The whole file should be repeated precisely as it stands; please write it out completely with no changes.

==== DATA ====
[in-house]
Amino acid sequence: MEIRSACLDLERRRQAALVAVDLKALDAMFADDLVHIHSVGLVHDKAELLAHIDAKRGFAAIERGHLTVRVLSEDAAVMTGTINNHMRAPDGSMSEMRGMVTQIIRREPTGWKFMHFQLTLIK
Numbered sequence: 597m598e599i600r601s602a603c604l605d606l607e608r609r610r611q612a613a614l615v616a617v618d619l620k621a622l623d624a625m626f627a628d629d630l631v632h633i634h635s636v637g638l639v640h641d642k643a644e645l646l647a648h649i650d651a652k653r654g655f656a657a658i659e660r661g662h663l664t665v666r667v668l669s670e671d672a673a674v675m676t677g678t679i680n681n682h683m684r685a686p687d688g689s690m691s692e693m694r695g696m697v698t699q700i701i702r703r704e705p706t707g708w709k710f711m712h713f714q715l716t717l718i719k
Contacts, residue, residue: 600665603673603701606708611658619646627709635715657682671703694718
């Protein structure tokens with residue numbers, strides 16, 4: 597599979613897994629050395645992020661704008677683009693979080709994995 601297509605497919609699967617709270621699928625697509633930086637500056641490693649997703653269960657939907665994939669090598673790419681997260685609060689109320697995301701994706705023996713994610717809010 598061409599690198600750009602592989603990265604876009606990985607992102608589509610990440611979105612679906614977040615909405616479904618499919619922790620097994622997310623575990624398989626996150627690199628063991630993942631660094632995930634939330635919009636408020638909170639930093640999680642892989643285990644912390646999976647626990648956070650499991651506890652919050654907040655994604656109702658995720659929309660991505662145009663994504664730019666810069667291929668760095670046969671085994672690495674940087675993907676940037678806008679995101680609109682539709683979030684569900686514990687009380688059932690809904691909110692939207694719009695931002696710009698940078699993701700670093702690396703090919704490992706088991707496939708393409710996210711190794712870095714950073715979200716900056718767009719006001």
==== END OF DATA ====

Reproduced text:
[in-house]
Amino acid sequence: MEIRSACLDLERRRQAALVAVDLKALDAMFADDLVHIHSVGLVHDKAELLAHIDAKRGFAAIERGHLTVRVLSEDAAVMTGTINNHMRAPDGSMSEMRGMVTQIIRREPTGWKFMHFQLTLIK
Numbered sequence: 597m598e599i600r601s602a603c604l605d606l607e608r609r610r611q612a613a614l615v616a617v618d619l620k621a622l623d624a625m626f627a628d629d630l631v632h633i634h635s636v637g638l639v640h641d642k643a644e645l646l647a648h649i650d651a652k653r654g655f656a657a658i659e660r661g662h663l664t665v666r667v668l669s670e671d672a673a674v675m676t677g678t679i680n681n682h683m684r685a686p687d688g689s690m691s692e693m694r695g696m697v698t699q700i701i702r703r704e705p706t707g708w709k710f711m712h713f714q715l716t717l718i719k
Contacts, residue, residue: 600665603673603701606708611658619646627709635715657682671703694718
């Protein structure tokens with residue numbers, strides 16, 4: 597599979613897994629050395645992020661704008677683009693979080709994995 601297509605497919609699967617709270621699928625697509633930086637500056641490693649997703653269960657939907665994939669090598673790419681997260685609060689109320697995301701994706705023996713994610717809010 598061409599690198600750009602592989603990265604876009606990985607992102608589509610990440611979105612679906614977040615909405616479904618499919619922790620097994622997310623575990624398989626996150627690199628063991630993942631660094632995930634939330635919009636408020638909170639930093640999680642892989643285990644912390646999976647626990648956070650499991651506890652919050654907040655994604656109702658995720659929309660991505662145009663994504664730019666810069667291929668760095670046969671085994672690495674940087675993907676940037678806008679995101680609109682539709683979030684569900686514990687009380688059932690809904691909110692939207694719009695931002696710009698940078699993701700670093702690396703090919704490992706088991707496939708393409710996210711190794712870095714950073715979200716900056718767009719006001």